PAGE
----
**A LITTLE HISTORY About a poem everyone needs to read**
"When an old man died in the geriatric ward of a nursing home in GRASS VALLEY, CA. It was believed that he had nothing left of any value.
Later, when the nurses were going through his meager possessions, they found this poem. Its quality and content so impressed the staff that copies were made and distributed to every nurse in the hospital.
One nurse took her copy to Missouri.
The old man's sole bequest to posterity has since appeared in the Christmas edition of the News Magazine of the St. Louis Association for Mental Health. A slide presentation has also been made based on his simple, but eloquent, poem.
And this little old man, with nothing left to give to the world (supposedly), is now the author of this 'anonymous' poem winging across the Internet."
Crabby Old Man...
What do you see nurses? . . ... . . What do you see?
What are you thinking . . . . . When you're looking at me?
A crabby old man . .. . . . Not very wise,
Uncertain of habit .... . . . . With faraway eyes?
Who dribbles his food . . . .. . And makes no reply.
When you say in a loud voice . . . . . 'I do wish you'd try!'
Who seems not to notice .. .. . .... . The things that you do.
And forever is losing . . . . . A sock or shoe?
Who, resisting or not . . . . . Lets you do as you will,
With bathing and feeding . .. . .. . The long day to fill?
Is that what you're thinking? . .... . . . Is that what you see?
Then open your eyes, nurse . . . .. . You're not looking at me.
I'll tell you who I am. . . . .... . As I sit here so still,
As I do at your bidding, . . . .. . As I eat at your will.
I'm a small child of Ten . .. . . .. With a father and mother,
Brothers and sisters . . .. ... .. Who love one another.
A young boy of Sixteen . . . .. With wings on his feet.
Dreaming that soon now . . . . ... A lover he'll meet.
A groom soon at Twenty . . . . .. My heart gives a leap.
Remembering, the vows . . . . . That I promised to keep.
At Twenty-Five, now . . . .... . I have young of my own.
Who need me to guide . . . . . And a secure happy home.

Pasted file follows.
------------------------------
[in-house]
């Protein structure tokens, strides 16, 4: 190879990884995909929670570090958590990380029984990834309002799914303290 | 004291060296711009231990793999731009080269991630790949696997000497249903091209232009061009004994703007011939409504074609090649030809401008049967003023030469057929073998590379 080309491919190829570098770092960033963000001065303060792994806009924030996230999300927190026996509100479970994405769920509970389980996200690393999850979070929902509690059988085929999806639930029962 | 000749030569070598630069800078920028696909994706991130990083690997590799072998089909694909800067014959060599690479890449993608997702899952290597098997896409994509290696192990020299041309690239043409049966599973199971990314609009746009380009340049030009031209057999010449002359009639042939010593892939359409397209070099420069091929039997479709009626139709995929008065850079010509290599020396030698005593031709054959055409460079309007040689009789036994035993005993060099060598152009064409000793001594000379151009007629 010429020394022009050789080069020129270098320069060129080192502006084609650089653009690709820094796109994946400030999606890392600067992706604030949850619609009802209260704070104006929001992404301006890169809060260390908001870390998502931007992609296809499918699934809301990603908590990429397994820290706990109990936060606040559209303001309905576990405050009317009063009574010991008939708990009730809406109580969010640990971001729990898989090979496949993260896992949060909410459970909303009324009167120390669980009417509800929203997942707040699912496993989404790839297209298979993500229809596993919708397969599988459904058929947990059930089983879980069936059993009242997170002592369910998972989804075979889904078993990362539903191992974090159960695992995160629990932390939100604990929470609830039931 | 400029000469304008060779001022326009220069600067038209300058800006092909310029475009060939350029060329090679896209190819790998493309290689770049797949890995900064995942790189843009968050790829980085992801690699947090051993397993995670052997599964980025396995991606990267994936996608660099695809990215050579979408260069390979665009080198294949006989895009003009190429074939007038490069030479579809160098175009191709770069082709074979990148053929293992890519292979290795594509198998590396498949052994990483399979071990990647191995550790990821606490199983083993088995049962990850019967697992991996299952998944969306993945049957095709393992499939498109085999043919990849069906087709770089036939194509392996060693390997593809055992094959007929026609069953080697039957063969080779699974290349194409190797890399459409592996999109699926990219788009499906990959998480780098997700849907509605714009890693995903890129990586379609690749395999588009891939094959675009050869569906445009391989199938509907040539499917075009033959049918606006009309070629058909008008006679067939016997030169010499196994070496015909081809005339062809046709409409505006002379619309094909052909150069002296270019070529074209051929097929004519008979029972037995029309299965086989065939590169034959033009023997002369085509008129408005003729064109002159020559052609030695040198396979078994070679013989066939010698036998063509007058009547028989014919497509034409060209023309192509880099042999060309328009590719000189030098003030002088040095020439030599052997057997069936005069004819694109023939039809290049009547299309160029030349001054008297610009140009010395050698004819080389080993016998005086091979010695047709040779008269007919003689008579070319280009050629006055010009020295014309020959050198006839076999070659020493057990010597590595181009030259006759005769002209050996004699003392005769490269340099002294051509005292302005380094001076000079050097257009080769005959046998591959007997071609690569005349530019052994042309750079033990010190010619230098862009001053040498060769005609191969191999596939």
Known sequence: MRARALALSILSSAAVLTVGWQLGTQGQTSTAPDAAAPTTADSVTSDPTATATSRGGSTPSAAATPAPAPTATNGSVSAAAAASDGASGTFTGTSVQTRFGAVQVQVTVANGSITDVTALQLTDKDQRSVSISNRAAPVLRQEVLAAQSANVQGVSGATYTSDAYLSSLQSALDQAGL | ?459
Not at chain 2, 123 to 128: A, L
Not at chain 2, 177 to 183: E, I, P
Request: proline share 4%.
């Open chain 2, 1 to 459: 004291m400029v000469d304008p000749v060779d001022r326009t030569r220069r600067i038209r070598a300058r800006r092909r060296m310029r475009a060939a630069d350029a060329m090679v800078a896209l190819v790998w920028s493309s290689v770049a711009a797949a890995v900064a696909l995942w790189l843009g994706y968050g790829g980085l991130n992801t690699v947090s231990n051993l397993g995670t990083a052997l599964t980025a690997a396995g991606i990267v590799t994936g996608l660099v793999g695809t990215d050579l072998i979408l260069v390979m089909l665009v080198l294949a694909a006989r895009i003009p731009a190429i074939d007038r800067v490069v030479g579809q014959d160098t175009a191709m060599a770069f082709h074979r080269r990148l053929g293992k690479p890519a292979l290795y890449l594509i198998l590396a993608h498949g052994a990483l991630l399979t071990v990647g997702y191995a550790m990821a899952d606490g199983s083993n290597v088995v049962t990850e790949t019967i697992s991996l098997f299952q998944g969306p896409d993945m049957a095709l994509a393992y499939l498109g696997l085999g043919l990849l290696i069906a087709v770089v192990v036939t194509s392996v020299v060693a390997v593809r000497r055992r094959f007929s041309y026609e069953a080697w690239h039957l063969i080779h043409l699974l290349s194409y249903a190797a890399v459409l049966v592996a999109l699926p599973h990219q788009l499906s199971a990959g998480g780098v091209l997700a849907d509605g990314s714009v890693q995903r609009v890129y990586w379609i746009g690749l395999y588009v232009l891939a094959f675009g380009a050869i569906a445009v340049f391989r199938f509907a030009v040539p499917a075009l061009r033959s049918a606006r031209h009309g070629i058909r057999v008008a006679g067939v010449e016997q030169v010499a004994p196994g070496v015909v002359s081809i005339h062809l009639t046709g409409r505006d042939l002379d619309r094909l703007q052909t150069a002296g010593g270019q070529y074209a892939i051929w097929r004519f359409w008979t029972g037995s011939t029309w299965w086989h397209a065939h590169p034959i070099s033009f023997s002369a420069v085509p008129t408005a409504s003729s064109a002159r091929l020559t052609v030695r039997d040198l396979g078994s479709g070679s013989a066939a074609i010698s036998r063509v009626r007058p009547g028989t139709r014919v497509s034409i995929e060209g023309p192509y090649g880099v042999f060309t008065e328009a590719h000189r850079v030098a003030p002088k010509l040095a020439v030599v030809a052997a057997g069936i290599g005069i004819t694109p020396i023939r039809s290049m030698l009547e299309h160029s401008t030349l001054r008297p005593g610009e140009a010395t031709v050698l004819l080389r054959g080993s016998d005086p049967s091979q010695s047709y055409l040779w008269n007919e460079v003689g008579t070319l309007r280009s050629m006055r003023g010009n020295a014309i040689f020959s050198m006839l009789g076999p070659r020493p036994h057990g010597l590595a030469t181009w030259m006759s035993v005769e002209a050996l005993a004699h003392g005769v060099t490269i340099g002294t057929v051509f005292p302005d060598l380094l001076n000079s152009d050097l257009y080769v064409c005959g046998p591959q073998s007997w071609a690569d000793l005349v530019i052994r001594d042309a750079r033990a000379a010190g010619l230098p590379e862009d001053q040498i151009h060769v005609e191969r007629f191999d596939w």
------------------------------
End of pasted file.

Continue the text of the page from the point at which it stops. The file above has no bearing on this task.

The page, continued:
A man of Thirty . . . . . My young now grown fast,
Bound to each other .. . . . . With ties that should last.
At Forty, my young sons . . ... . . Have grown and are gone,
But my woman's beside me . . . . . To see I don't mourn.
At Fifty, once more, babies play 'round my knee,
Again, we know children .. . . . My loved one and me.
Dark days are upon me . . . . . My wife is now dead.
I look at the future . . . . . Shudder with dread.
For my young are all rearing . .... . . . Young of their own.
And I think of the years .. . . .. . And the love that I've known.
I'm now an old man . . . . ..... And nature is cruel.
Tis jest to make old age . . . . . Look like a fool.
The body, it crumbles . . . . . Grace and vigor, depart.
There is now a stone . . . . Where I once had a heart.
But inside this old carcass . . . . . A young guy still dwells,
And now and again . . . . . My battered heart swells.
I remember the joys . . . . . I remember the pain.
And I'm loving and living . . . ... . Life over again.
I think of the years, all too few . . . . ... Gone too fast.
And accept the stark fact . .. . . That nothing can last.
So open your eyes, people . . . ... . Open and see.
Not a crabby old man . ... . . Look closer . .. . See ME!!
Remember this poem when you next meet an older person who you might brush aside without looking at the young soul within.
We will all, one day, be there, too!
By: Jim Satnan
I had to share this lovely man's touching wise words with all of you. My grandfather was diagnosed with Alzheimer's in his late 50's when I was about 8 years old. Our family watched this distinguished agriculture professor who had raised his 5 children (my Mom was one of them) on his Junior College salary while farming in the evenings to make ends meet and keep food on the table. My cousins and I have lots of fond memories of his retirement: fishing with him (which was his hobby and pleasure); going to the city dump to find "treasures" to fix--he would rebuild and refinish broken furniture with only hand tools; helping Papaw work in his beloved yard and garden; playing "hide and go seek" with him while he winked at us as we ran past him even though my grandmother didn't like us running in the house; looking forward to him rolling in the wheelbarrow filled with stockings that "Santa" had carefully filled for each one of us (including the adults); watching Papaw kiss his "sugar" (my Mamaw) every night before bed; and I could go on & on. By the time I was age 15, Papaw lived at a nursing home and my Mamaw visited him every single day even though she could barely walk herself. She resisted the move into the nursing home even when he got violent with her, because he did not know who she was or why she wouldn't give him the keys to his truck. The last time I saw Papaw he was locked in a chair he could have taken apart and rebuilt to perfection only 5 short years before. Alzheimer's robbed him of his mind and memories, but all of us in his family will be "living off" our precious memories of him until we see him again in heaven.